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While my slideshow has a nice 3D gradient for background, it might look really nice to have a dynamic background of flowers behind my content. PowerPoint gives you the ability to use a media clip as the background on the slide. Here's how to make it happen. First, decide if you want the media clip to be on the background of just one slide or if you want it to appear on all your slides. If you want it to appear everywhere, go up to the View tab and choose Slide Master on the left-hand side. Click on the top Slide Master so that this change cascades down to all of your slide masters.
Go to the Insert Ribbon and insert your video. We'll insert a video from file and we'll choose our background Lilies. For detailed information on inserting videos, please see that chapter earlier on this course. If you're going to use a video behind other text or images, it's best to choose a movie that doesn't have a focal point. In other words, some sort of landscape or broad view is better than a clip that contains specific subject matter like people or objects. It should also be consistently dark or light so that you can easily find a text color with good contrast.
Once my video is embedded, drag the corner so that the video covers the entire slide. Notice that because we want the image to stay proportional, sections of the clip will overlap the edges of the slide. This is fine because we're only going to actually see the parts over the slide itself, another reason that background videos shouldn't have focal objects. Now go up to the Video Tools Playback tab and on the right, change the Start to Automatically, then put a check in the box in front of Loop until stopped. I'll also set my volume to Mute so that if my video has any sound, it won't compete with my slideshow content.
For more information about these techniques, please see the Applying video effects chapter of this course. Now, go up to the Video Tools Format tab and on the right side in the Arrange group, find the Send Backward button. Use the dropdown arrow and click on Send to Back. Now your video clip moves to the back layer and all the placeholders on the slides reappear. Because you now have a moving picture behind your text, legibility becomes a concern. If your video is dark, consider making your text white or a coordinated light color.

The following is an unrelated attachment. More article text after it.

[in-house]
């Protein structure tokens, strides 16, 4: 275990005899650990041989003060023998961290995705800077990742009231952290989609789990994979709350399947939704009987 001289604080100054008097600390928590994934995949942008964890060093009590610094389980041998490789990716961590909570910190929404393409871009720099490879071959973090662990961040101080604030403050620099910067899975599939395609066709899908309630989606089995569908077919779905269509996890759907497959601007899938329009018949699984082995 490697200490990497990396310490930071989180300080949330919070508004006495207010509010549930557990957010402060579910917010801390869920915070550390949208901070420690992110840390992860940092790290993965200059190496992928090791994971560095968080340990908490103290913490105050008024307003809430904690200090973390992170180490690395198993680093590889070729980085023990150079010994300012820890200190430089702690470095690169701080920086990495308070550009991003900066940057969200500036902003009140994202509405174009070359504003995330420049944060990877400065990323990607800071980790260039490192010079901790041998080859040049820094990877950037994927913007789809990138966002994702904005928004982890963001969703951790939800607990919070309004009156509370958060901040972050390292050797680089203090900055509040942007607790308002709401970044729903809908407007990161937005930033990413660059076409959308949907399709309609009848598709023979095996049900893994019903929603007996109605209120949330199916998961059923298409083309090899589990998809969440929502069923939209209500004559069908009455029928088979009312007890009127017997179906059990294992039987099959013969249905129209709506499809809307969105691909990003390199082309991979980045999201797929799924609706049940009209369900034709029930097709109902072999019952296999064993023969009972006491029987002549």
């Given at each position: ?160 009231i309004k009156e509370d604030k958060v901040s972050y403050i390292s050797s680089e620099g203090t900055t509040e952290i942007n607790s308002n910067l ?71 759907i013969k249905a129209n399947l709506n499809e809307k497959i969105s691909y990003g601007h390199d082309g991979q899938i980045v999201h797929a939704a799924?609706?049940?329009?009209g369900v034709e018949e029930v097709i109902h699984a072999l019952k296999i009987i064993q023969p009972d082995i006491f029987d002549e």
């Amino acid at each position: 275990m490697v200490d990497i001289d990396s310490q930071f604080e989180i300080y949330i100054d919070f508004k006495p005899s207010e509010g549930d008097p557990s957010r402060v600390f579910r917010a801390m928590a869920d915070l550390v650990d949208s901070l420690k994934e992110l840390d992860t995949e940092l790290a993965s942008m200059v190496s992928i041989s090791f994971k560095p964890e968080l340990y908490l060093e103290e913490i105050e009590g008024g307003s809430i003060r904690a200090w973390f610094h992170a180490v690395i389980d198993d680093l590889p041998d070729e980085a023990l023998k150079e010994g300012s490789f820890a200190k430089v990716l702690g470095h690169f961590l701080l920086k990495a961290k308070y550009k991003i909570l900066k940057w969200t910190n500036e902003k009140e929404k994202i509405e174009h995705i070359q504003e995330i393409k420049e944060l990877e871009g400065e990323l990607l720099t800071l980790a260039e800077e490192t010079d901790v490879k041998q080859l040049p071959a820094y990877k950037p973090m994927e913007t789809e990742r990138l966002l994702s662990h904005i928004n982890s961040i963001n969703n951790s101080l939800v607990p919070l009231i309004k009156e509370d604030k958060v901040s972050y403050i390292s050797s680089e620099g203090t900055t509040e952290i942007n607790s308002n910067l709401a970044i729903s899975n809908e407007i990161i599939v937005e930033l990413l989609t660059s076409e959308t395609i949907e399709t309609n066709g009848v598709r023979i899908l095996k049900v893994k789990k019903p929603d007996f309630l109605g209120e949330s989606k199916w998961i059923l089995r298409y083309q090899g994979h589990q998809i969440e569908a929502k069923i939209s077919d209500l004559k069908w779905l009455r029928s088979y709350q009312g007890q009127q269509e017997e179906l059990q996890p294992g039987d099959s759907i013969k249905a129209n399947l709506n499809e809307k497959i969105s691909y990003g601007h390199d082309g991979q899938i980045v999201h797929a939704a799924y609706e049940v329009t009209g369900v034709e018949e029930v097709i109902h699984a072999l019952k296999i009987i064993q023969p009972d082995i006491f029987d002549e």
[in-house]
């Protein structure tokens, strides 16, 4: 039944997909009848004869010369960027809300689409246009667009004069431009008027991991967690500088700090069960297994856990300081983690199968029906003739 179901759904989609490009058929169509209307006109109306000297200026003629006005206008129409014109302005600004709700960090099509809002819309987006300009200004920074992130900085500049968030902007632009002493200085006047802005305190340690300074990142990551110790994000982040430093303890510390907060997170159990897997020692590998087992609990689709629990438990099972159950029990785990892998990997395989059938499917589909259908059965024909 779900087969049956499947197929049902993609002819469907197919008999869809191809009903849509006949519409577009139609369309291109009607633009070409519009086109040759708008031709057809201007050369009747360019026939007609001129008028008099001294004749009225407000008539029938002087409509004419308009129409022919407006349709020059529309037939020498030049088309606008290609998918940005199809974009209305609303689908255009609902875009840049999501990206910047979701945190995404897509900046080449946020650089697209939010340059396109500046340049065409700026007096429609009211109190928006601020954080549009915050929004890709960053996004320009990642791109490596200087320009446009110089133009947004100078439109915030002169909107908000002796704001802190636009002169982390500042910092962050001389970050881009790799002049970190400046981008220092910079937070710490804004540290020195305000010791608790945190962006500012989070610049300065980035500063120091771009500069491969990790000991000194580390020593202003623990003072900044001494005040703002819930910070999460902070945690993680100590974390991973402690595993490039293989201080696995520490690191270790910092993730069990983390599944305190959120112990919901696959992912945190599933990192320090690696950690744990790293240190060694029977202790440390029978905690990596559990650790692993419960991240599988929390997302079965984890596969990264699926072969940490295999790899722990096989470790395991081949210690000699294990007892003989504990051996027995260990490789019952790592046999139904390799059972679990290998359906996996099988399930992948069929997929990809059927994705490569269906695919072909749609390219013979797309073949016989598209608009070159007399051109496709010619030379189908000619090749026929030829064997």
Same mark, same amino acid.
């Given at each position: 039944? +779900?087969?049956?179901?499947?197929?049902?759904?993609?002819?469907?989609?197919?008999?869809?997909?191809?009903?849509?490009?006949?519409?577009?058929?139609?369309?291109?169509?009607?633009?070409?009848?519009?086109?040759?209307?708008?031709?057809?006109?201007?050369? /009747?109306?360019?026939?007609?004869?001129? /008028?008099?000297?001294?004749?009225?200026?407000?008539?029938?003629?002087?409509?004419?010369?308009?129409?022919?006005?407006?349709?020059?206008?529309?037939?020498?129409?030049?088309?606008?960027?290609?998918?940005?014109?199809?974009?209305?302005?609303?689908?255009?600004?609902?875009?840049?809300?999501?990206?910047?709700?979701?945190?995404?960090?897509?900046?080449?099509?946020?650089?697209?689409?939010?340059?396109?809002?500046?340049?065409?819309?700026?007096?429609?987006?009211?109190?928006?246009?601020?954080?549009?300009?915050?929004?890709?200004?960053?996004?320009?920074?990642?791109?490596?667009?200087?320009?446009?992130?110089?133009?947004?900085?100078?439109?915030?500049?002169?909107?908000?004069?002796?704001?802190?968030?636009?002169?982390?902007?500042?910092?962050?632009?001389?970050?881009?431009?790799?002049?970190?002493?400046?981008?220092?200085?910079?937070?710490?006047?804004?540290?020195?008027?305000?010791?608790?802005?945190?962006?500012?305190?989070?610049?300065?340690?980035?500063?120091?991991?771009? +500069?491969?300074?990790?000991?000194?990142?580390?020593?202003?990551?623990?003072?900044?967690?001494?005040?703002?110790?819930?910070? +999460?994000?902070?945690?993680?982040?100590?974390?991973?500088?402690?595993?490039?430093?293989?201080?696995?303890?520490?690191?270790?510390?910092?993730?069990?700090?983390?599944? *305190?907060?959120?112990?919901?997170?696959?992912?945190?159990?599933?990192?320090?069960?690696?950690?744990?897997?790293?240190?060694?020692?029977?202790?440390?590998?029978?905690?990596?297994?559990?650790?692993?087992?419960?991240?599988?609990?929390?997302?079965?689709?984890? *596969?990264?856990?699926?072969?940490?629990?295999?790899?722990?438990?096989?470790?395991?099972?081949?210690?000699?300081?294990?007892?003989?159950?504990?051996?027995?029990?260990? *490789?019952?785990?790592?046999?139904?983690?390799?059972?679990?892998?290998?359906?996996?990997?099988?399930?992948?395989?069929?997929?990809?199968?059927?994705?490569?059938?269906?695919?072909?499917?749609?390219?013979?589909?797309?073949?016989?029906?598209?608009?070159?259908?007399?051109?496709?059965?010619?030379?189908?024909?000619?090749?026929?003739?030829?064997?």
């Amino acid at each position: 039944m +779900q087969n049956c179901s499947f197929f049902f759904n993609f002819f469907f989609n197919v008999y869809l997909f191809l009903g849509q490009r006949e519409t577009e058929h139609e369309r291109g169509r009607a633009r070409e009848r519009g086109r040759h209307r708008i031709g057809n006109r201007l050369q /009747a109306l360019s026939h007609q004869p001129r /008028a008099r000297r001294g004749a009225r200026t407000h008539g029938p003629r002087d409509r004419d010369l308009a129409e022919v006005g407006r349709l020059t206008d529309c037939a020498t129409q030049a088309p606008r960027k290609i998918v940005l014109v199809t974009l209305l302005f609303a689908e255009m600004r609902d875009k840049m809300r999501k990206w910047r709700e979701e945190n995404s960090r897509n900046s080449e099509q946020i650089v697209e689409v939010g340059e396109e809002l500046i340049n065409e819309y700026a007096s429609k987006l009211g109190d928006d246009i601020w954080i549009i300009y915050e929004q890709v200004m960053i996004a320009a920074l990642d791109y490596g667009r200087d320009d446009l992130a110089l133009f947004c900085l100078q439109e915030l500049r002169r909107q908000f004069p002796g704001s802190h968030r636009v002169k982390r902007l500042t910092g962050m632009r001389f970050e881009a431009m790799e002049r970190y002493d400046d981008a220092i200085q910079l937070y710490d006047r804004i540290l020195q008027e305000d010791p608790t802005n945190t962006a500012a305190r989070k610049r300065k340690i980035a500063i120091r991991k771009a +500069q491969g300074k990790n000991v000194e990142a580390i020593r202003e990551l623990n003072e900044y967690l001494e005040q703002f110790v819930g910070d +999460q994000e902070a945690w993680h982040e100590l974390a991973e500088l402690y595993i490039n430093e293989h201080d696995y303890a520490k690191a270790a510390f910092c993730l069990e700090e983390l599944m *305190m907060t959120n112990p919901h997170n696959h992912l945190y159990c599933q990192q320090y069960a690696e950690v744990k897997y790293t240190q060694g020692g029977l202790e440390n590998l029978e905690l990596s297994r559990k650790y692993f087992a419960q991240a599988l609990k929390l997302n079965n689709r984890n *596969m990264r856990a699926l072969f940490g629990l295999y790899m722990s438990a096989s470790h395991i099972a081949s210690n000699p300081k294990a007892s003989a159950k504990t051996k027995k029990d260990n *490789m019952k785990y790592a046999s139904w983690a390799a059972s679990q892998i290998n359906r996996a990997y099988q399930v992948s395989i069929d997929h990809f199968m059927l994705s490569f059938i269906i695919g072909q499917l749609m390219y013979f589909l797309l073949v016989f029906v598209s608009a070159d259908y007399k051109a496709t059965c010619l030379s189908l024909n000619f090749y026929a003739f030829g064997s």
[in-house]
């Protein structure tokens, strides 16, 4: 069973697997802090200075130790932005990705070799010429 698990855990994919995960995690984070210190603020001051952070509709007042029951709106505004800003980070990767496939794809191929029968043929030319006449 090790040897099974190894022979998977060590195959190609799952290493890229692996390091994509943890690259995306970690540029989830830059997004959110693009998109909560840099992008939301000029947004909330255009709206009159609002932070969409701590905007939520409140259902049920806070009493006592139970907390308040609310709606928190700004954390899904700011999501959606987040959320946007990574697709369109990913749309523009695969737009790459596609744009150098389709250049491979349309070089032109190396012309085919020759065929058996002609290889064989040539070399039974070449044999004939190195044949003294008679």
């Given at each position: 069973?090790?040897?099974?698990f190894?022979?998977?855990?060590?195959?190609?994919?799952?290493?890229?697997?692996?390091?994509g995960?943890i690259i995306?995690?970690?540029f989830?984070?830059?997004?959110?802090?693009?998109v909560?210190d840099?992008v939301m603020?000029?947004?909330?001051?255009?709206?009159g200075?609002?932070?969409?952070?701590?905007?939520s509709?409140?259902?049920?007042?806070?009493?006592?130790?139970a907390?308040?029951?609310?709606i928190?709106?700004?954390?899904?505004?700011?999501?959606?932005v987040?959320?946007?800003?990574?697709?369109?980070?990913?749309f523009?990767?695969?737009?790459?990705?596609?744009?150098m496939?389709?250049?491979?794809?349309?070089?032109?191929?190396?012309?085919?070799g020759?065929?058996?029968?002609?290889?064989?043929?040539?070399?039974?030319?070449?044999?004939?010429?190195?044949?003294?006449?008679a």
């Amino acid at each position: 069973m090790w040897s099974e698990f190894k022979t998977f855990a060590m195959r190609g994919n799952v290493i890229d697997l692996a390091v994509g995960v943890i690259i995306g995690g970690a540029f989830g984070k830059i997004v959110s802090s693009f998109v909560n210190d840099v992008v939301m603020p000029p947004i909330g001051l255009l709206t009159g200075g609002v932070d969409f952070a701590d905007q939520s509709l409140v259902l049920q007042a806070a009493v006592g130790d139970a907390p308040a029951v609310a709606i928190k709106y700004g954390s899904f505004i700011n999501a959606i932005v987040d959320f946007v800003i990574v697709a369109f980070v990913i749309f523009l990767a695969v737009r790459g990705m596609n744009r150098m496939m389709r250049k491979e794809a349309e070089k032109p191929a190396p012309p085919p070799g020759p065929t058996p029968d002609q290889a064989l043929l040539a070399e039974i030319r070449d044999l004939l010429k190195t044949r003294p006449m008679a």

Most text will appear fine over it but I find that Word Art comes in handy to increase contrast and improve readability. Do a Ctrl+A keyboard command to select all of the objects on your slide, then hold down the Shift key and click on this edge of the background to deselect the background. Now, go up to the Drawing tools tab and click on Format. On the right side of the Word Art styles group, click on the more button and come down to this green, glossy word art. Now, go back up to the Text Fill dropdown and fill with it black.
Now, it has extra contrast against my video background. Do check all your other slide masters that you haven't used to make sure the new style cascaded down to all slides. If it didn't, reapply those same color settings. Now go back to your Slide Master tab and close your Master View. Now play your slideshow and now you have a video background on every slide. When you click to advance your slideshow, click on a placeholder.
If you're having trouble clicking and clicking start and stops your video instead, either click somewhere else on the slide or use your down arrow to advance the slides. Depending on your computer, having a perpetual movie and animating your text may tax your processor. You may see jumping animation or pixilation in the background. If that happens, you'll need to apply a text animation that doesn't use up so much memory and resources.
But using a simple video as a background on your slides can create a dynamic slideshow, sure to get the viewer's attention.
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